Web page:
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Trauma During Adulthood

What is a traumatic event?

Traumatic events involve either 1) actual or possible death or serious injury or 2) sexual violence. Most adults have lived through at least one traumatic event and many have experienced more than one event. Trauma can also be chronic, meaning that similar events happen many times over a long period of time.

There any many different types of traumatic events, but here are some examples:

  • Sexual or physical abuse or assault
  • Serious vehicle accidents
  • Combat or war zone exposure
  • Serious medical events
  • Seeing death or dead bodies, including while at work
  • Unexpected death of a loved one
  • Natural disasters
  • Arson or house fires
  • Torture
  • Domestic violence
  • Witnessing or experiencing violence, such as a homicide or suicide
  • Terrorism or mass violence

What are common responses following a traumatic event?

Professionals have found three different paths that adults can follow after trauma:

  • Some people never experience any major problems. This is known as resistance. Resistance is very common after traumas that do not involve sexual assault or abuse.
  • Many people have symptoms similar to posttraumatic stress disorder (PTSD) in the weeks after a trauma. For most of those people, those symptoms will then go away on their own. This is known as natural recovery or resilience. This path is very common among people who experience sexual assault.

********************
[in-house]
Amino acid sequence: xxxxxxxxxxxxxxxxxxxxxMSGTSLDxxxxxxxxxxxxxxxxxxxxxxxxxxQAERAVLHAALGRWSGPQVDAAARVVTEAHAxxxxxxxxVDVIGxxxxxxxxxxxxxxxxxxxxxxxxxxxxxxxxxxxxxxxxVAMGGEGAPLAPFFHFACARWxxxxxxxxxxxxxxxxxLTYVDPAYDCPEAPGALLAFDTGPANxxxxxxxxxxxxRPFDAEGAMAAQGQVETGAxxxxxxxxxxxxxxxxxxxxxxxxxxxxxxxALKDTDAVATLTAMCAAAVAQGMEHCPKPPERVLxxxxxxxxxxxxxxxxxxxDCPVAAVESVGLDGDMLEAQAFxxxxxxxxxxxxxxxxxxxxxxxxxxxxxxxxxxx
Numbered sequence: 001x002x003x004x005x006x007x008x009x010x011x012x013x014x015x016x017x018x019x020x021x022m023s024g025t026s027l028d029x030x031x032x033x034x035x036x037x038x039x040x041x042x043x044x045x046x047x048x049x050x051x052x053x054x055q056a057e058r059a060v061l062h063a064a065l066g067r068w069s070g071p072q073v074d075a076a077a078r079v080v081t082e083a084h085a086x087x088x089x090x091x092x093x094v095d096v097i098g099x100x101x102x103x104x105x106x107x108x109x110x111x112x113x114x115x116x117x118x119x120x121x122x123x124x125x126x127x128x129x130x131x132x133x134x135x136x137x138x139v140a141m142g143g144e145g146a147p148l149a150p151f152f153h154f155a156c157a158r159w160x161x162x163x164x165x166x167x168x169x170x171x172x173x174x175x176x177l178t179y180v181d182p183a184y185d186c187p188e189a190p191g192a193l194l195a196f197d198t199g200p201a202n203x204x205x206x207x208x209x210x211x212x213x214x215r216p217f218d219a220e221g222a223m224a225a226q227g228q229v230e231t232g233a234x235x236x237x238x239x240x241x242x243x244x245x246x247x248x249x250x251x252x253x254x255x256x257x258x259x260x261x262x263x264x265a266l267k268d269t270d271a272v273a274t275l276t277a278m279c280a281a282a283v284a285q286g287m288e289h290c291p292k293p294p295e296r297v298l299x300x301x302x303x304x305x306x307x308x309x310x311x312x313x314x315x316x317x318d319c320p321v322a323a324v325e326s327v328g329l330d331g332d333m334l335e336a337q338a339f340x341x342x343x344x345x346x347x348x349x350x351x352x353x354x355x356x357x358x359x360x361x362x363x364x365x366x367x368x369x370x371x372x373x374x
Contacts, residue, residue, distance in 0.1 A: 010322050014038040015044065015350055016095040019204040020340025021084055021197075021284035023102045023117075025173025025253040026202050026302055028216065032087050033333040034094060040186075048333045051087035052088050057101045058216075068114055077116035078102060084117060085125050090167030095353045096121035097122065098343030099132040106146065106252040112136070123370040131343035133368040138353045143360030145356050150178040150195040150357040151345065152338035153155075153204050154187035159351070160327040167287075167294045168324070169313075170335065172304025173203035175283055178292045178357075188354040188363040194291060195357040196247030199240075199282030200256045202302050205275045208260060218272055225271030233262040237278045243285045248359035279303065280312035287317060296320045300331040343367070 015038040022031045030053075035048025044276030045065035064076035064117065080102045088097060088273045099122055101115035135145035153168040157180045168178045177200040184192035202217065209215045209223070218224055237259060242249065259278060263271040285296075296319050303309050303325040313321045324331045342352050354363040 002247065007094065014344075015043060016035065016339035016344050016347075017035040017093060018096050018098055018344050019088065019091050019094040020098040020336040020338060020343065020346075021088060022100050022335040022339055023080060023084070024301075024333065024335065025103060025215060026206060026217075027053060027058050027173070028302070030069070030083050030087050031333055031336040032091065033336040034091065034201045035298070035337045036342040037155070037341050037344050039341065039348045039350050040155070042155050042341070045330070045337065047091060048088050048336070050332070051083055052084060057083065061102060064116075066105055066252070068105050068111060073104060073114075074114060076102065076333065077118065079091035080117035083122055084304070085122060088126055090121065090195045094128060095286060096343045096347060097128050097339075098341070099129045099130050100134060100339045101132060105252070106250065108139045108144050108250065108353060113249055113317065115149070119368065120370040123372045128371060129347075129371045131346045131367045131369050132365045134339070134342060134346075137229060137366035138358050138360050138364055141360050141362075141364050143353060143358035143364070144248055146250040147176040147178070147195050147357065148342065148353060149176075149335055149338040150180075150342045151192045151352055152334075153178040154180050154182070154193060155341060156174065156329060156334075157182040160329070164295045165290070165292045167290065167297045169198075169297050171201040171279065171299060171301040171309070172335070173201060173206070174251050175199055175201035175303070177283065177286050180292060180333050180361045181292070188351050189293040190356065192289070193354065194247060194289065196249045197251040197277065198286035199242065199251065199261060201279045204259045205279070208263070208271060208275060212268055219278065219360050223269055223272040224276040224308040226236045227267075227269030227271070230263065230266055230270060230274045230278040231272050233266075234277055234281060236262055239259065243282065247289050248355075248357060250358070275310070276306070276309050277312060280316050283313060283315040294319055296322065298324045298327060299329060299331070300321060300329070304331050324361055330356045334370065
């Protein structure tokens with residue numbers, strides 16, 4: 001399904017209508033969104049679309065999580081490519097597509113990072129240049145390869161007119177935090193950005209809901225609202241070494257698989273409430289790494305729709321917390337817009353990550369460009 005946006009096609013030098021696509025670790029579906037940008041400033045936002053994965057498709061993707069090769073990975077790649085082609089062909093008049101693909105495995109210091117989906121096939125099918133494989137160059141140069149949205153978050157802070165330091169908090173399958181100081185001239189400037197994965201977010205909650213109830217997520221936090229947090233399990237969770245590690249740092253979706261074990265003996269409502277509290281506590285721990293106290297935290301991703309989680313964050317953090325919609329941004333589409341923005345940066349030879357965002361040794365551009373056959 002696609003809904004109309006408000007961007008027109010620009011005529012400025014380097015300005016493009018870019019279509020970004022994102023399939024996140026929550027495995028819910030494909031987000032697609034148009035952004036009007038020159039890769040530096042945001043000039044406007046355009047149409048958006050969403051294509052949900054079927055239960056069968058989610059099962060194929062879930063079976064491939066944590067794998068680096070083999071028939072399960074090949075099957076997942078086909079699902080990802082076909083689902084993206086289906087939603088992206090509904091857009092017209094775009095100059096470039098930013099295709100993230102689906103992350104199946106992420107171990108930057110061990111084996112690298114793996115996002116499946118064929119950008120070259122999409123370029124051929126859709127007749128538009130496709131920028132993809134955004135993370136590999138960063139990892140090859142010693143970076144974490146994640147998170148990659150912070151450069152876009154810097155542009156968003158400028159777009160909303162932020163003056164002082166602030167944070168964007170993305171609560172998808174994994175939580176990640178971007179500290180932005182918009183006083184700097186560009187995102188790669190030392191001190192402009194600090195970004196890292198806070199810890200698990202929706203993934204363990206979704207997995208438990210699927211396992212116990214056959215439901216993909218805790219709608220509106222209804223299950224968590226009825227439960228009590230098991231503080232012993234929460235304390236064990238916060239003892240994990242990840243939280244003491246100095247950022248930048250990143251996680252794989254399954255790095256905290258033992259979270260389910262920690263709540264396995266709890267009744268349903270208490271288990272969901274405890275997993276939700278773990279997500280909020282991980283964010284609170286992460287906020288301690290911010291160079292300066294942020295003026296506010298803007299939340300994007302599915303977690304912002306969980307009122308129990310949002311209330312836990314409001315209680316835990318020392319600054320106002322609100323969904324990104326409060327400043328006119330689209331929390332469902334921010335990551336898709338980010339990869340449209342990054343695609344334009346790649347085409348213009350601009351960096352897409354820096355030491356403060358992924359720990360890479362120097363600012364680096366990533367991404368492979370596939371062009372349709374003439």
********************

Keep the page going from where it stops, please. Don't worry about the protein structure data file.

• Other people experience problems that do not go away on their own. Posttraumatic stress disorder (PTSD) is one potential outcome when this happens. PTSD is described in detail in the next section.

What is Posttraumatic Stress Disorder (PTSD)?

PTSD is a mental health condition that may be diagnosed by a professional when someone has experienced a traumatic event and is having particular types of problems as a result. The major types of symptoms experienced by people with PTSD include:

  • Re-experiencing symptoms, including:
    • Flashbacks or intrusive thoughts about the traumatic event
    • Intense physical or emotional reactions to reminders of the event
    • Nightmares
  • Avoidance symptoms, including:
    • Avoiding thinking or talking about the trauma
    • Avoiding people, places, activities or sensations that remind you of the trauma
  • Negative changes in your thinking and emotions, including:
    • Feeling more down, depressed, angry or anxious
    • Finding it hard or impossible to feel happy
    • Feeling shameful or guilty
    • Feeling distant from other people
    • Losing interest in things you used to enjoy
    • Being unable to remember important parts of the trauma